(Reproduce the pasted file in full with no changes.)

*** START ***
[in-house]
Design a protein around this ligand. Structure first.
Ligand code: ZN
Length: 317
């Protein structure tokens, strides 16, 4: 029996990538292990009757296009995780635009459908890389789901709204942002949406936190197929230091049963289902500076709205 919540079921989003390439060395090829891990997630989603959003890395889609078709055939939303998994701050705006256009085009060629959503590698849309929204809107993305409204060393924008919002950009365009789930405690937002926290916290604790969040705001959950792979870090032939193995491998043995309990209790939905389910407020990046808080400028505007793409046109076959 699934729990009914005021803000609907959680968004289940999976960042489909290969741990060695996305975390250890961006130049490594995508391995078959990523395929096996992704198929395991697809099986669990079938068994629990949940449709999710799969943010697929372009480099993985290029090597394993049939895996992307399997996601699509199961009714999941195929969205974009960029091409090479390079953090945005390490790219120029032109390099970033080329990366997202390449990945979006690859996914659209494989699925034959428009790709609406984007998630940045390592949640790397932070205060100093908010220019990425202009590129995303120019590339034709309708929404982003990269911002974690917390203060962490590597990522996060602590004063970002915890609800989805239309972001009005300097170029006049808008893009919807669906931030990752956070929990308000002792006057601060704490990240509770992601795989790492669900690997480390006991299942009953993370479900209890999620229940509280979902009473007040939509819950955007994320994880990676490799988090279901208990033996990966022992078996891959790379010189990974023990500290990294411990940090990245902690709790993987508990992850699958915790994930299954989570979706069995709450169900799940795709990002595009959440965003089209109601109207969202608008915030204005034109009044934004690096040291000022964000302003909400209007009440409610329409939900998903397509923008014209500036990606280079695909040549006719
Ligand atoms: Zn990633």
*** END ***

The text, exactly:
[in-house]
Design a protein around this ligand. Structure first.
Ligand code: ZN
Length: 317
């Protein structure tokens, strides 16, 4: 029996990538292990009757296009995780635009459908890389789901709204942002949406936190197929230091049963289902500076709205 919540079921989003390439060395090829891990997630989603959003890395889609078709055939939303998994701050705006256009085009060629959503590698849309929204809107993305409204060393924008919002950009365009789930405690937002926290916290604790969040705001959950792979870090032939193995491998043995309990209790939905389910407020990046808080400028505007793409046109076959 699934729990009914005021803000609907959680968004289940999976960042489909290969741990060695996305975390250890961006130049490594995508391995078959990523395929096996992704198929395991697809099986669990079938068994629990949940449709999710799969943010697929372009480099993985290029090597394993049939895996992307399997996601699509199961009714999941195929969205974009960029091409090479390079953090945005390490790219120029032109390099970033080329990366997202390449990945979006690859996914659209494989699925034959428009790709609406984007998630940045390592949640790397932070205060100093908010220019990425202009590129995303120019590339034709309708929404982003990269911002974690917390203060962490590597990522996060602590004063970002915890609800989805239309972001009005300097170029006049808008893009919807669906931030990752956070929990308000002792006057601060704490990240509770992601795989790492669900690997480390006991299942009953993370479900209890999620229940509280979902009473007040939509819950955007994320994880990676490799988090279901208990033996990966022992078996891959790379010189990974023990500290990294411990940090990245902690709790993987508990992850699958915790994930299954989570979706069995709450169900799940795709990002595009959440965003089209109601109207969202608008915030204005034109009044934004690096040291000022964000302003909400209007009440409610329409939900998903397509923008014209500036990606280079695909040549006719
Ligand atoms: Zn990633």